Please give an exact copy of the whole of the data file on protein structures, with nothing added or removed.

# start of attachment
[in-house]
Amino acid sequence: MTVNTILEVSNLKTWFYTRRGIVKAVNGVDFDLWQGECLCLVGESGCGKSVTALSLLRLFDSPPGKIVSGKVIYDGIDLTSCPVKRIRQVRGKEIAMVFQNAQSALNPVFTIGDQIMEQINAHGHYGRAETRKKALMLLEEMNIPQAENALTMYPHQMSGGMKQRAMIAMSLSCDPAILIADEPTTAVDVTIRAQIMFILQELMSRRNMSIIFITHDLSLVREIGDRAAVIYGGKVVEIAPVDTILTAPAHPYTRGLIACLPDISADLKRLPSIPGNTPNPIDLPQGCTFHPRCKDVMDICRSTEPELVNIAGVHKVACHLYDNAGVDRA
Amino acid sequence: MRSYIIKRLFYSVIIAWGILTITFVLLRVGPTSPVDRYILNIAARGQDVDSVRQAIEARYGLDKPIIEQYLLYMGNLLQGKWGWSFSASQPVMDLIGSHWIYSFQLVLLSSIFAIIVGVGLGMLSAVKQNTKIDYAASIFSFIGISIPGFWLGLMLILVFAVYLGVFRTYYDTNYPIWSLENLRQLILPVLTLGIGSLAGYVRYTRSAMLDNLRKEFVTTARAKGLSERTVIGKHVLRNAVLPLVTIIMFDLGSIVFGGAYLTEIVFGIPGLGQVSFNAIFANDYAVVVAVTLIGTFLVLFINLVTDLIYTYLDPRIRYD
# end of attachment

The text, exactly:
[in-house]
Amino acid sequence: MTVNTILEVSNLKTWFYTRRGIVKAVNGVDFDLWQGECLCLVGESGCGKSVTALSLLRLFDSPPGKIVSGKVIYDGIDLTSCPVKRIRQVRGKEIAMVFQNAQSALNPVFTIGDQIMEQINAHGHYGRAETRKKALMLLEEMNIPQAENALTMYPHQMSGGMKQRAMIAMSLSCDPAILIADEPTTAVDVTIRAQIMFILQELMSRRNMSIIFITHDLSLVREIGDRAAVIYGGKVVEIAPVDTILTAPAHPYTRGLIACLPDISADLKRLPSIPGNTPNPIDLPQGCTFHPRCKDVMDICRSTEPELVNIAGVHKVACHLYDNAGVDRA
Amino acid sequence: MRSYIIKRLFYSVIIAWGILTITFVLLRVGPTSPVDRYILNIAARGQDVDSVRQAIEARYGLDKPIIEQYLLYMGNLLQGKWGWSFSASQPVMDLIGSHWIYSFQLVLLSSIFAIIVGVGLGMLSAVKQNTKIDYAASIFSFIGISIPGFWLGLMLILVFAVYLGVFRTYYDTNYPIWSLENLRQLILPVLTLGIGSLAGYVRYTRSAMLDNLRKEFVTTARAKGLSERTVIGKHVLRNAVLPLVTIIMFDLGSIVFGGAYLTEIVFGIPGLGQVSFNAIFANDYAVVVAVTLIGTFLVLFINLVTDLIYTYLDPRIRYD